Friday, April 14, 2006

In Response

I am not one to copy and paste blog here, but this thread from Bring it On today got me going. It started with a thoughtful post by JET:

April 13th, 2006
Jesus Walked into a Gay Bar…
by Jet @ 12:00 am

Tolerance is a requirement for human development. We demand it of our children, encourage it in our workplaces, study it in our spiritual quests, and enact it (theoretically) in our lives. Kids have to sit, work and play together, or face discipline in the classroom. Co-workers of disparate backgrounds have to figure out how to bring projects to fruition. People intent on spiritual development dedicate themselves to looking past the outer to the inner person, to see the individual rather than the packaging.

Sounds pretty good, eh?

Read The Rest Of The Post

The threads are here, click if you wish to read

my response to these threads is as follows:

Steve, et al

I have refrained from weighing in on this issue/post, for I felt a bit too close, but once again, steve, your zealousness to peer from the right, here, and poke at the left, has left me no alternative.

I did not choose to wake up at 15 with a Gay Dad, anymore than my Dad chose to wake up Gay. Obviously choices were made. Let’s examine, and all you Gay bashing, worldly brilliant, Life learned 22 year old scholars, follow along, ok? My Dad was born in West Texas, a very conservative and unforgiving stretch of the Bible Belt. He was born to a set of pioneering spirits, his mom a very strong church going woman. His Dad, much like me, a good fellow, kind to all, and a bit too fond of the Wild Turkey perhaps? All of my Dad’s young life, into adulthood, he strove to please his parent’s, his mom especially I suppose. He studied, read, attended church, and even went into the Seminary when the “demons” became too strong. Life in America did not afford this Free Man, to be free with what seemed right, so to exsponge the demons, he became a Preacher. I grew up the son of a Preacher, he was the spiritual leader of the small towns we lived in. He married some, buried some, and succesfully comforted more than a few. All the time while fathering my sister, brother and I. And he was miserable. He went to work at SMU in Dallas, enhanced our status, prospered, raised kids, upheld and exceeded in obligations, and was miserable.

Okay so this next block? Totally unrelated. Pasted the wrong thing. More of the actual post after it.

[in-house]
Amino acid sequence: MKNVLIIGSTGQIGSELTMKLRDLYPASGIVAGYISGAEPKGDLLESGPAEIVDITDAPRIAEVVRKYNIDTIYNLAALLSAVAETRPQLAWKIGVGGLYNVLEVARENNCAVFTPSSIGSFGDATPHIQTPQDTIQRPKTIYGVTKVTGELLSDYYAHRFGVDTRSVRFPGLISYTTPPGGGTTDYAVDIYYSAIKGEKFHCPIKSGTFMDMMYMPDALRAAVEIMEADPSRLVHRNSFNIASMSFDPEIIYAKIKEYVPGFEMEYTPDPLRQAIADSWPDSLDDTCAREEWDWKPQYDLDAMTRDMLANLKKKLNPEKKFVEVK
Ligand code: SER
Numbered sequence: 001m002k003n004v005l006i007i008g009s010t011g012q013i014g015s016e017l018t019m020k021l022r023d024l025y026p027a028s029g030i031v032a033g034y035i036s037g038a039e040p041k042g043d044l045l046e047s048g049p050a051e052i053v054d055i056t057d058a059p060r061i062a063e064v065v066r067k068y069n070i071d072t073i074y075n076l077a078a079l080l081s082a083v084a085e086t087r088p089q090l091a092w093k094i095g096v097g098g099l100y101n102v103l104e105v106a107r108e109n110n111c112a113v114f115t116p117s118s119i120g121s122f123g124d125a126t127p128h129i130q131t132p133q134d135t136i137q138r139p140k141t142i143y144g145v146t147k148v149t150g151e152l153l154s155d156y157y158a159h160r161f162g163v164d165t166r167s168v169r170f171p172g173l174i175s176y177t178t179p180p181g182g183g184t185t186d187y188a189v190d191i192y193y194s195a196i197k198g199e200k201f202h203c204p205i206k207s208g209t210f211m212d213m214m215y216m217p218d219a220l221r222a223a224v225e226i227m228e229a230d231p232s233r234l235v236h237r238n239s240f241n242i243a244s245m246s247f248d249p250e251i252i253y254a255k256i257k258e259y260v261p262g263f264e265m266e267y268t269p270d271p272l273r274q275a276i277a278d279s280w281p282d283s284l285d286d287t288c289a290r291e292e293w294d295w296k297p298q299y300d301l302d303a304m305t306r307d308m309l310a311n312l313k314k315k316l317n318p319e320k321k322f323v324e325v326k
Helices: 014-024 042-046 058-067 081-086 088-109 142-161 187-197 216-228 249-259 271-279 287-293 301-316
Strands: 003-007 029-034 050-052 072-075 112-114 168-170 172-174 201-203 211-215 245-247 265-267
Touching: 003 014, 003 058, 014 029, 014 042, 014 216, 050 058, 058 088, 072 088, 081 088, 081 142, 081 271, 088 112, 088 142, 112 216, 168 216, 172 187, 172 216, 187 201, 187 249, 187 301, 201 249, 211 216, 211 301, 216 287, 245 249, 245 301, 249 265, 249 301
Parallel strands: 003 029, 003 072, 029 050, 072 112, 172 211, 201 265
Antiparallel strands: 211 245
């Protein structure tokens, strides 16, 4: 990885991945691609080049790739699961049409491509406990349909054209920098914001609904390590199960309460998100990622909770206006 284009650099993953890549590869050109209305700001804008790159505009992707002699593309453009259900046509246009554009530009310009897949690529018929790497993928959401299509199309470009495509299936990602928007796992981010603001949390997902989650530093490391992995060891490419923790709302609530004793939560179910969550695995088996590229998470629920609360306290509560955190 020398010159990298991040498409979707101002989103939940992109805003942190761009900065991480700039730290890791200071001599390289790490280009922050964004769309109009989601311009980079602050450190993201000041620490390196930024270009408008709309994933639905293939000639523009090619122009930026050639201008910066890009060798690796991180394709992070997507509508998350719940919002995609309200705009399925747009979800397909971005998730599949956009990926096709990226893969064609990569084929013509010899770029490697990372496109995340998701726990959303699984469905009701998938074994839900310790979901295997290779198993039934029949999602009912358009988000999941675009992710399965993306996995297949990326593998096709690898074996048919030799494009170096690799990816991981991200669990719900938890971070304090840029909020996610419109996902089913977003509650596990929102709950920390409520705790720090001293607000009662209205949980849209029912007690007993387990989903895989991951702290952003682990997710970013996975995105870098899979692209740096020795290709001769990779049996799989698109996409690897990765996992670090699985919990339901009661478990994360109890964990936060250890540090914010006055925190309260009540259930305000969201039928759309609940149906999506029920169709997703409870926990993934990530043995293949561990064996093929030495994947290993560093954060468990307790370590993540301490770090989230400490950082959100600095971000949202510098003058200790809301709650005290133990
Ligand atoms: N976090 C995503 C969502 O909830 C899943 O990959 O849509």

Almost to the day when I left the house at the ripe age of 15, he took his turn, it was 1975. He left home.

My Dad is the sweetest, kindest, most level headed man you might ever have an occasion to meet. He still offers comfort to those in need, does what work is available with the local church in accceptance of Gays, and stands head and shoulders above most of us for one simple reason. He made a choice. His choice was to live the life that God, adam, ID, or ‘Professor Smoot’, gave him, and to stop living a lie.

I strive each day to emulate such wisdom and courage, and thank the heavens above for letting me be priveledge to such an inspirational man in such a troubled world.

So, no steve, he never molested me or the other little children of the church, and yes, here once again I will allow you to stand on principle and fight the good cause for the good Christian right. Just know that my Dad, as are many others, is and was a great contributor to society, a great Christian, an inspiration to his children, and yes, Gay. By good choice I suppose, thank God.

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